Sturgeon Decoy

  • Unidentified, Sturgeon Decoy, 20th century, painted wood with metal, Smithsonian American Art Museum, Gift of Herbert Waide Hemphill, Jr. and museum purchase made possible by Ralph Cross Johnson, 1986.65.57

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Carved fish decoys are one of the earliest forms of American folk art. Hunters around the Bering Sea first used small bone or ivory decoys for ice fishing around 1000 AD. They believed that the decoys embodied the innua, or inner spirit of the fish. The practice spread to upstate New York and the Great Lakes, where it became a tourist industry with many communities growing around prime fishing areas. Ice fishing was banned in 1905, however, because the popularity of the sport had brought about a serious decline in large game fish.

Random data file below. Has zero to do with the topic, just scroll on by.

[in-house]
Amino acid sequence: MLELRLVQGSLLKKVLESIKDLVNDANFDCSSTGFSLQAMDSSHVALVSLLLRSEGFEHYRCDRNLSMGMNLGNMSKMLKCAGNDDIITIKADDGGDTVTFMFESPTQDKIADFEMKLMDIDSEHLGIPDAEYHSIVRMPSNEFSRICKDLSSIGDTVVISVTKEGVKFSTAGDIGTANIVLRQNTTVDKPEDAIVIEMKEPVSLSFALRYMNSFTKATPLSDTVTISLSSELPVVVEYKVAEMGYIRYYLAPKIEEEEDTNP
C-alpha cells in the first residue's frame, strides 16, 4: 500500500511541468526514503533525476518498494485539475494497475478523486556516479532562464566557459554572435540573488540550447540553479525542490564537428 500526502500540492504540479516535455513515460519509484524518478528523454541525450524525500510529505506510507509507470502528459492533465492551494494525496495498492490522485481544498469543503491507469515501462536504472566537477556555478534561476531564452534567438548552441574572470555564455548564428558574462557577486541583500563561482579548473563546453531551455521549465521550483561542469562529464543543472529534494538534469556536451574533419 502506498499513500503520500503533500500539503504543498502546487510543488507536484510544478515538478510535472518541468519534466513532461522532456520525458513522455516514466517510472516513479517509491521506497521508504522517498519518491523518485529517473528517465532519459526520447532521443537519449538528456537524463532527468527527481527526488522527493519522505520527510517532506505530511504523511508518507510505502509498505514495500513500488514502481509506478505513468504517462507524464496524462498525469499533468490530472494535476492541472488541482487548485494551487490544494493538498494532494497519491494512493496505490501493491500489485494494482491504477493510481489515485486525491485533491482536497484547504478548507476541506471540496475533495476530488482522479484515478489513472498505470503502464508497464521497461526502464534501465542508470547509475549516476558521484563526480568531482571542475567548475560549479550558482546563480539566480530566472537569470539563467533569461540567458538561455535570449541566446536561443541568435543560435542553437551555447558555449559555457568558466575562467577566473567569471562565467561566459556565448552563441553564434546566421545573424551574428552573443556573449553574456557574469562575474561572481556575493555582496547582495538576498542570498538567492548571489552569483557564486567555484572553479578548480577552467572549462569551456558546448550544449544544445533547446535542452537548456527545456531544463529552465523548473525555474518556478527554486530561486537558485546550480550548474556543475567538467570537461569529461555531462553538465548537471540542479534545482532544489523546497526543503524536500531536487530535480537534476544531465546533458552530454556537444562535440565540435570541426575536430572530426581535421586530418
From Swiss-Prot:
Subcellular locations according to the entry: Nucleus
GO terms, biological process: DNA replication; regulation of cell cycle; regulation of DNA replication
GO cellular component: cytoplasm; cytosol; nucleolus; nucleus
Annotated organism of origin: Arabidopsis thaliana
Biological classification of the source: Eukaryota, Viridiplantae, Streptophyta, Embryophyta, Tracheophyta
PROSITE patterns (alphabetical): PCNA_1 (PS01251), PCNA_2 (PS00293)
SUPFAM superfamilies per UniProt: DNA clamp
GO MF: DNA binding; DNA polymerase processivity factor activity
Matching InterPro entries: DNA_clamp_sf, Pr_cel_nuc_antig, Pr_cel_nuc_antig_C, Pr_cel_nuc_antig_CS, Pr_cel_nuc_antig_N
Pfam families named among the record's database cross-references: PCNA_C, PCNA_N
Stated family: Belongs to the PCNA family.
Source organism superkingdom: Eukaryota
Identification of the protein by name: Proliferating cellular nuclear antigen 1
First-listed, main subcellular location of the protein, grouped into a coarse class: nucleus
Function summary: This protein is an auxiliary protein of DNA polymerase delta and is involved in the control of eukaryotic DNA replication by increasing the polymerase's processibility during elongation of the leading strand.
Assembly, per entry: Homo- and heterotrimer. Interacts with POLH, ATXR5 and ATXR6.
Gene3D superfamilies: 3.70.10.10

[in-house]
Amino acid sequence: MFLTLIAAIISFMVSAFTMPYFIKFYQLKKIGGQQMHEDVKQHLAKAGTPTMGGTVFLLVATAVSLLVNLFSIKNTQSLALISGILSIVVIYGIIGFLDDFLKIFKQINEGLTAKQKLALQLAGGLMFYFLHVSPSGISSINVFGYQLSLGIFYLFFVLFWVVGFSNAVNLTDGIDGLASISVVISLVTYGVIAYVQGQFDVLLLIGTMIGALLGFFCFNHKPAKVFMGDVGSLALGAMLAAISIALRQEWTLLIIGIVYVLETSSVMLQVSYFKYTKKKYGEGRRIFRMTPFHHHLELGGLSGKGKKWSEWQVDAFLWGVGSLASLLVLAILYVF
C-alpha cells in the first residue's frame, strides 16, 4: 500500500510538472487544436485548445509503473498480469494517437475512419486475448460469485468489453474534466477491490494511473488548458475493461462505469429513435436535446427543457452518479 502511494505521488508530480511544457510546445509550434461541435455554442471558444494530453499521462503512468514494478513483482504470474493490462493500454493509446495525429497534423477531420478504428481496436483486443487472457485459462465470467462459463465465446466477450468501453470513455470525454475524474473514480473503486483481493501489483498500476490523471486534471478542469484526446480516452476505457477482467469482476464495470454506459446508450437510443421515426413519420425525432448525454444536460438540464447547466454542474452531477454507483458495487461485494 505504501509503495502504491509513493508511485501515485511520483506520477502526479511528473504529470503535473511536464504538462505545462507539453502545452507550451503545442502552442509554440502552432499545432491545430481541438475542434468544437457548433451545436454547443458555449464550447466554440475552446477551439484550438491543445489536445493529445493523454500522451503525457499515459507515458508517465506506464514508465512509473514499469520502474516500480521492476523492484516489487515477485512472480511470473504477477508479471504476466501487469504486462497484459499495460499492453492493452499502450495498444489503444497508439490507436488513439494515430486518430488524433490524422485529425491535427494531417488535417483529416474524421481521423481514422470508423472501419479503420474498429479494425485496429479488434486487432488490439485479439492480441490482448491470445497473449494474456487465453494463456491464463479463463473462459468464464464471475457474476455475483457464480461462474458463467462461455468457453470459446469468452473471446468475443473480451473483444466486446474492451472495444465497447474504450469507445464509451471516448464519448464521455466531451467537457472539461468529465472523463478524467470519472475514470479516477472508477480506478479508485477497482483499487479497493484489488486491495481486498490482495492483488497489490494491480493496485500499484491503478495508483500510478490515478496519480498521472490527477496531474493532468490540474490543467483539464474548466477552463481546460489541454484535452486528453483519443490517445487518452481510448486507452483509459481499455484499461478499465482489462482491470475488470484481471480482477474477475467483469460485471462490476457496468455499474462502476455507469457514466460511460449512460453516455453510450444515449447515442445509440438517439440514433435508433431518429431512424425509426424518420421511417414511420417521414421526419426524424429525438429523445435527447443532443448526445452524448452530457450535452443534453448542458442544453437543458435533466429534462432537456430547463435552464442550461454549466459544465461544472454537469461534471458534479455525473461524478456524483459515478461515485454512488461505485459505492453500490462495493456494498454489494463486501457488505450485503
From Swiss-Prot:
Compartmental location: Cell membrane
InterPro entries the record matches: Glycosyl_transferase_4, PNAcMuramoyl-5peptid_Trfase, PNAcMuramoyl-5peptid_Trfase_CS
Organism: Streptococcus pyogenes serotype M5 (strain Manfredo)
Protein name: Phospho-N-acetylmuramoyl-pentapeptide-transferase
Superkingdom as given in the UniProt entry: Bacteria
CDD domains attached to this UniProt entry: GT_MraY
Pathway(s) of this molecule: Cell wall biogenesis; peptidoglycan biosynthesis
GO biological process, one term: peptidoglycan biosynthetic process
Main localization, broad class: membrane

Title
Sturgeon Decoy
Artist
Date
20th century
On View
Dimensions
4 1/2 x 21 1/4 x 7 1/8 in. (11.3 x 54.0 x 18.0 cm.)
Credit Line

Smithsonian American Art Museum

Gift of Herbert Waide Hemphill, Jr. and museum purchase made possible by Ralph Cross Johnson

Mediums
Mediums Description
painted wood with metal
Classifications
Keywords
  • Animal – fish – sturgeon
Object Number
1986.65.57
Palette
Linked Open Data
Linked Open Data URI

More from artist

2nd century A.D.
glass

Jar

20th century (pre-1974)
glazed stoneware
probably 20th century
painted wood with painted metal
ca. 1875
carved and painted wood with metal
before 1997
ca. 1675-1725
carved and painted wood

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ca. 1940
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